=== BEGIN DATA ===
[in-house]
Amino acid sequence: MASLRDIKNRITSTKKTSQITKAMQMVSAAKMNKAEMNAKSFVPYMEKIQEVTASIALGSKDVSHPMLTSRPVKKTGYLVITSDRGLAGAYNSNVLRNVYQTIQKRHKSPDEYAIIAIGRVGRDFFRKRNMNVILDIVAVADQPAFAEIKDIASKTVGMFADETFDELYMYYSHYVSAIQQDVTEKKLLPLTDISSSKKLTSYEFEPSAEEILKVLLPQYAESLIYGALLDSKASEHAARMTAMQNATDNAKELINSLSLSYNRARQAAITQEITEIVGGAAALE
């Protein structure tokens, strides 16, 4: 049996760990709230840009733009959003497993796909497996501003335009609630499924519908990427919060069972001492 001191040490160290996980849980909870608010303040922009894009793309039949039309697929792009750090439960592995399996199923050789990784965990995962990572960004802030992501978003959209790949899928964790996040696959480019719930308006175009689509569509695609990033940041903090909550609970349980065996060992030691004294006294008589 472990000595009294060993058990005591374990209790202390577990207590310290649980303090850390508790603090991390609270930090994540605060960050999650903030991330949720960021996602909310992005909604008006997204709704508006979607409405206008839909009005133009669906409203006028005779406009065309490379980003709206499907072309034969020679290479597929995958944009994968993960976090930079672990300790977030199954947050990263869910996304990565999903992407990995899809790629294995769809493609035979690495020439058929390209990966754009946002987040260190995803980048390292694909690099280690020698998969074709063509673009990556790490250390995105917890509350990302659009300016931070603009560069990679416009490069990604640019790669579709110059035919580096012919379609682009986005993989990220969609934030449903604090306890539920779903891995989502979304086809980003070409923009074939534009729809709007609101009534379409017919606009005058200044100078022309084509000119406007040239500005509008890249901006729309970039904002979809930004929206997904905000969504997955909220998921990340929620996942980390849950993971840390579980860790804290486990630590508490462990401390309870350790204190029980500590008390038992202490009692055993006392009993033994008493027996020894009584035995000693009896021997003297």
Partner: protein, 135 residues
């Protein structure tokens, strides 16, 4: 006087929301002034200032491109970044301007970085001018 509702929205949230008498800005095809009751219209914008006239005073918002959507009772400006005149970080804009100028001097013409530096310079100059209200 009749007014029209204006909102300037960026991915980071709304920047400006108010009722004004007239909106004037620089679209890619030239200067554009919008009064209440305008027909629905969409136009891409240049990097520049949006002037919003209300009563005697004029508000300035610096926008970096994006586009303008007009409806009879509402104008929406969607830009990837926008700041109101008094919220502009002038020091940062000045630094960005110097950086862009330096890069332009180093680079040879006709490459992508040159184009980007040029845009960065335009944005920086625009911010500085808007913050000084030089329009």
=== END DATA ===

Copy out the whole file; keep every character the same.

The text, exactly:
[in-house]
Amino acid sequence: MASLRDIKNRITSTKKTSQITKAMQMVSAAKMNKAEMNAKSFVPYMEKIQEVTASIALGSKDVSHPMLTSRPVKKTGYLVITSDRGLAGAYNSNVLRNVYQTIQKRHKSPDEYAIIAIGRVGRDFFRKRNMNVILDIVAVADQPAFAEIKDIASKTVGMFADETFDELYMYYSHYVSAIQQDVTEKKLLPLTDISSSKKLTSYEFEPSAEEILKVLLPQYAESLIYGALLDSKASEHAARMTAMQNATDNAKELINSLSLSYNRARQAAITQEITEIVGGAAALE
């Protein structure tokens, strides 16, 4: 049996760990709230840009733009959003497993796909497996501003335009609630499924519908990427919060069972001492 001191040490160290996980849980909870608010303040922009894009793309039949039309697929792009750090439960592995399996199923050789990784965990995962990572960004802030992501978003959209790949899928964790996040696959480019719930308006175009689509569509695609990033940041903090909550609970349980065996060992030691004294006294008589 472990000595009294060993058990005591374990209790202390577990207590310290649980303090850390508790603090991390609270930090994540605060960050999650903030991330949720960021996602909310992005909604008006997204709704508006979607409405206008839909009005133009669906409203006028005779406009065309490379980003709206499907072309034969020679290479597929995958944009994968993960976090930079672990300790977030199954947050990263869910996304990565999903992407990995899809790629294995769809493609035979690495020439058929390209990966754009946002987040260190995803980048390292694909690099280690020698998969074709063509673009990556790490250390995105917890509350990302659009300016931070603009560069990679416009490069990604640019790669579709110059035919580096012919379609682009986005993989990220969609934030449903604090306890539920779903891995989502979304086809980003070409923009074939534009729809709007609101009534379409017919606009005058200044100078022309084509000119406007040239500005509008890249901006729309970039904002979809930004929206997904905000969504997955909220998921990340929620996942980390849950993971840390579980860790804290486990630590508490462990401390309870350790204190029980500590008390038992202490009692055993006392009993033994008493027996020894009584035995000693009896021997003297």
Partner: protein, 135 residues
């Protein structure tokens, strides 16, 4: 006087929301002034200032491109970044301007970085001018 509702929205949230008498800005095809009751219209914008006239005073918002959507009772400006005149970080804009100028001097013409530096310079100059209200 009749007014029209204006909102300037960026991915980071709304920047400006108010009722004004007239909106004037620089679209890619030239200067554009919008009064209440305008027909629905969409136009891409240049990097520049949006002037919003209300009563005697004029508000300035610096926008970096994006586009303008007009409806009879509402104008929406969607830009990837926008700041109101008094919220502009002038020091940062000045630094960005110097950086862009330096890069332009180093680079040879006709490459992508040159184009980007040029845009960065335009944005920086625009911010500085808007913050000084030089329009």